Photos by Casey Gardner

Actor’s Express is presenting Lucas Hnath’s “A Doll’s House, Part 2” in a co-production with Aurora Theatre, running on the Express stage through Sept. 30.

You may be saying, Wait—didn’t the great Norwegian playwright Henrik Ibsen write “A Doll’s House” about 100 years ago (actually 1879)? Give yourself a star: He certainly did, and many encounter Ibsen in college courses like world literature or even world drama.

So you may know that many call Ibsen the “father of modern drama” because he introduced realism and naturalism into a Victorian, conservative era that favored “cup and saucer” drama: plays where people just sat around and nothing much of consequence was done or said.

And it may be hard to comprehend how a wife (like Nora, in “A Doll’s House”) who simply left her husband could cause such outrage and controversy and create “the slam heard around the world” when she exits in the final seconds of the play, shutting the door on the half-life she has been living, being in effect her husband’s doll—certainly not an equal partner.

But she did—outrage, excitement, and much criticism. So did Ibsen cower and repent his heresy? Hardly: two years later he wrote a play called “Ghosts,” a play that so horrified many it was called “the dirty deed done in public.” I can’t go into that, although I’ll never forget a powerful production I saw when I was a college freshman.

Back to “Part 2”: Hnath hatched the delicious idea of having Nora (Tess Malis Kincaid) come back to her home after 15 years, and that is how the play begins, with her knocking on that same door she slammed.

At first, when the housekeeper Anne Marie (Deadra Moore), lets her in, Nora appears quite prosperous; she’s become a “woman’s novelist” and revels in being her own boss and living alone. But she has a serious legal problem: Her former husband Torvald (Rob Cleveland) never officially divorced her. In that time, apparently, it was easy for a man to grant his wife a divorce; but a wife must jump through some complicated, expensive hoops to initiate the divorce herself.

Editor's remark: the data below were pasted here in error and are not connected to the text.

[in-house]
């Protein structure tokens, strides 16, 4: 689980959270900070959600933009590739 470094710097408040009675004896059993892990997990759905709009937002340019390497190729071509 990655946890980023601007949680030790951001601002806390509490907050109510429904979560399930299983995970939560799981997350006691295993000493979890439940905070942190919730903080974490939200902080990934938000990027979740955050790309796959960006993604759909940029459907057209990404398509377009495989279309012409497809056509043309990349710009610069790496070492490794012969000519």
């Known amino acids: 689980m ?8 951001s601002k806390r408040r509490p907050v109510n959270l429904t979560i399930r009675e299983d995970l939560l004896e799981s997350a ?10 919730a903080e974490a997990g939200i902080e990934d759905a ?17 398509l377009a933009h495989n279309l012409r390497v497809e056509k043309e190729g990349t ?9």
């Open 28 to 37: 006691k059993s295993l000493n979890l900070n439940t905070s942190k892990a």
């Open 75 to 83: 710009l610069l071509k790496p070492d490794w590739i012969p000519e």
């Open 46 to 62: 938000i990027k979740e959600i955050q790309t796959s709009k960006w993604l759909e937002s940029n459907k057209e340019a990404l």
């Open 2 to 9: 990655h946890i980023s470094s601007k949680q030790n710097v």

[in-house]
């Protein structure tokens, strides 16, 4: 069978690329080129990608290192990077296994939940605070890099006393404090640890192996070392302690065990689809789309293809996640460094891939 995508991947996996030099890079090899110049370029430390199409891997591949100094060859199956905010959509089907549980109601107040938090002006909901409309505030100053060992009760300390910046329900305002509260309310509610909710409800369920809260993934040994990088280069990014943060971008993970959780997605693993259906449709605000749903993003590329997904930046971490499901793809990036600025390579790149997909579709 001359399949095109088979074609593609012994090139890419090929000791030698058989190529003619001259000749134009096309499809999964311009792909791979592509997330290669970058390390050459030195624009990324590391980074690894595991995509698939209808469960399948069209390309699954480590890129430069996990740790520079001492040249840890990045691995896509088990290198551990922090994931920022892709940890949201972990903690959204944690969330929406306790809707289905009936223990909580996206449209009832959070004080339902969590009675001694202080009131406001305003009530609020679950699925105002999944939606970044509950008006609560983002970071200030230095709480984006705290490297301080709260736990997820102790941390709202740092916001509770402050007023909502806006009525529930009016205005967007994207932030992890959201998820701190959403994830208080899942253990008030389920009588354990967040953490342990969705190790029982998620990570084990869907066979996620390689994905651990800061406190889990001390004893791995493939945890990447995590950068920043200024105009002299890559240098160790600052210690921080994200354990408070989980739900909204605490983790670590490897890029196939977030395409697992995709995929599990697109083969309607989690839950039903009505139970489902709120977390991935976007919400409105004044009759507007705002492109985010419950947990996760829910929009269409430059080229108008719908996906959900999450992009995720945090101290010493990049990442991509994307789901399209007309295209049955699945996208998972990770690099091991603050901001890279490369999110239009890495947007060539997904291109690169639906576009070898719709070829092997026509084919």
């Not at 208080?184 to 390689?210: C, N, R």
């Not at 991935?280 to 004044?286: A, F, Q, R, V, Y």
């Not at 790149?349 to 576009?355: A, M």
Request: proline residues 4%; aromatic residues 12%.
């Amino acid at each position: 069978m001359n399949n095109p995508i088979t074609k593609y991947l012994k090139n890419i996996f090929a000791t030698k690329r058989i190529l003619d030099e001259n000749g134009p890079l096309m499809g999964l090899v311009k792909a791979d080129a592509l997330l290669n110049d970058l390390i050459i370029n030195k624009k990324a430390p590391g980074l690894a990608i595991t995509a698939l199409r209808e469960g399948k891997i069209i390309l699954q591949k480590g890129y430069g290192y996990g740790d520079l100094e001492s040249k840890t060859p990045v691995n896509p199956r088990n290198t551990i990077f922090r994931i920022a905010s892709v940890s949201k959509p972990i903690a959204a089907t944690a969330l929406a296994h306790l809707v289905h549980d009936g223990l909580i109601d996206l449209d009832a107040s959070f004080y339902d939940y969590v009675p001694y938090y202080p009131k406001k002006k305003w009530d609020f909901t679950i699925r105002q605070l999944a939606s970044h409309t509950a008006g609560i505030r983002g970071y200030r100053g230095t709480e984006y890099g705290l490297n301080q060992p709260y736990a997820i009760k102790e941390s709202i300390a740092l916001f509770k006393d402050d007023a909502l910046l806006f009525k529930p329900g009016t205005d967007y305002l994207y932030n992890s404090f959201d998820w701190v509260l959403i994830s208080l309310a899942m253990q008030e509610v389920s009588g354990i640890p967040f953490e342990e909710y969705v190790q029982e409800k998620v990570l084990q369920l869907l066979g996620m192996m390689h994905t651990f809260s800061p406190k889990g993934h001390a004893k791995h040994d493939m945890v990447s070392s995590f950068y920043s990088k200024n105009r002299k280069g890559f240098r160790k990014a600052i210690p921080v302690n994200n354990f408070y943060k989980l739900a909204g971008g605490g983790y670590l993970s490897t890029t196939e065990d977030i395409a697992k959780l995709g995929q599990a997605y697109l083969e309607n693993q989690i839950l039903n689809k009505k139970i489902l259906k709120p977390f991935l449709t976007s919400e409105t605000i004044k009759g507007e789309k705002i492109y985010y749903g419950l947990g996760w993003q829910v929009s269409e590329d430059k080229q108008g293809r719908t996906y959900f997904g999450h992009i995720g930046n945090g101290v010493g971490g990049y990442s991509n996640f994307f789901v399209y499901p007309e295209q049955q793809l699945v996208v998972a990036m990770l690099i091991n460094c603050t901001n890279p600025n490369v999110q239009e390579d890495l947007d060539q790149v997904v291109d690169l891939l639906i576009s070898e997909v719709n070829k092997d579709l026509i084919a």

That’s just the beginning of Nora’s problems. There is, shall we say, the human element. Nora not only left Torvald 15 years ago; she left her three children. One of them, Emmy (Shelli Delgado), is now a grown young woman with an independent mind much like her mother’s. Emmy isn’t happy that her mother left them.

Neither, for that matter, is housekeeper Anne Marie. She has plenty of judgmental gripes against Nora and is not hesitant in expressing them—in unexpectedly raunchy, R-rated language that Ibsen would not have used. But the effect is startling and funny; and here we see the skill of playwright Hnath in realizing that humor can spice up almost any drama (Shakespeare taught us that). In his 90-minute play are five two-character scenes that Hnath labeled “individual boxing matches.” They are exhilarating, as is the play, and they are certainly not without humor.

It may surprise you to learn that Ibsen said his intention in “A Doll’s House” was not primarily to promote the emancipation of women; it was to establish, as Ibsen’s biographer Michael Meyer said, “that the primary duty of anyone was to find out who he or she really was and to become that person.”

Here, of course, he especially addresses the problems of married women who were treated as their husbands’ property.

But we need actors who can bring this witty, provocative dialogue to life, and in Actor’s Express’ production, expertly directed by Freddie Ashley, we’ve got them. If you know the Atlanta theatre scene at all, you know that Tess Malis Kincaid’s presence inevitably elevates the proceedings. An actor once told me that “whenever I work with Tess, I know I’ve got to bring my A-game, because her intelligence and vitality demand it.” If anyone can illuminate the angst and complexity and wit of Nora, it’s Ms. Kincaid, and she does.

Ms. Delgado (particularly), Mr. Cleveland (poor Torvald; after 15 years he’s still miffed at Nora and hasn’t a real clue why she left him), and the feisty Ms. Moore offer excellent performances. A passing thought: sitting close to the front, I wondered why the dialogue wasn’t occasionally more pianissimo; sometimes the essence of anger comes out very quietly. But these impressions are always subjective.

I admire Mr. Hnath’s tackling this classic play; he and Bernard Shaw have something in common: They’re both huge Ibsen admirers. Shaw saw the significance of Ibsen’s new realism and wrote about it in his book “The Quintessence of Ibsenism.”

By the way, this play enjoyed a critically acclaimed run last year on Broadway; it’s easy to see why. From those first knocks on that door, you’re a happy prisoner in “A Doll’s House, Part 2.”

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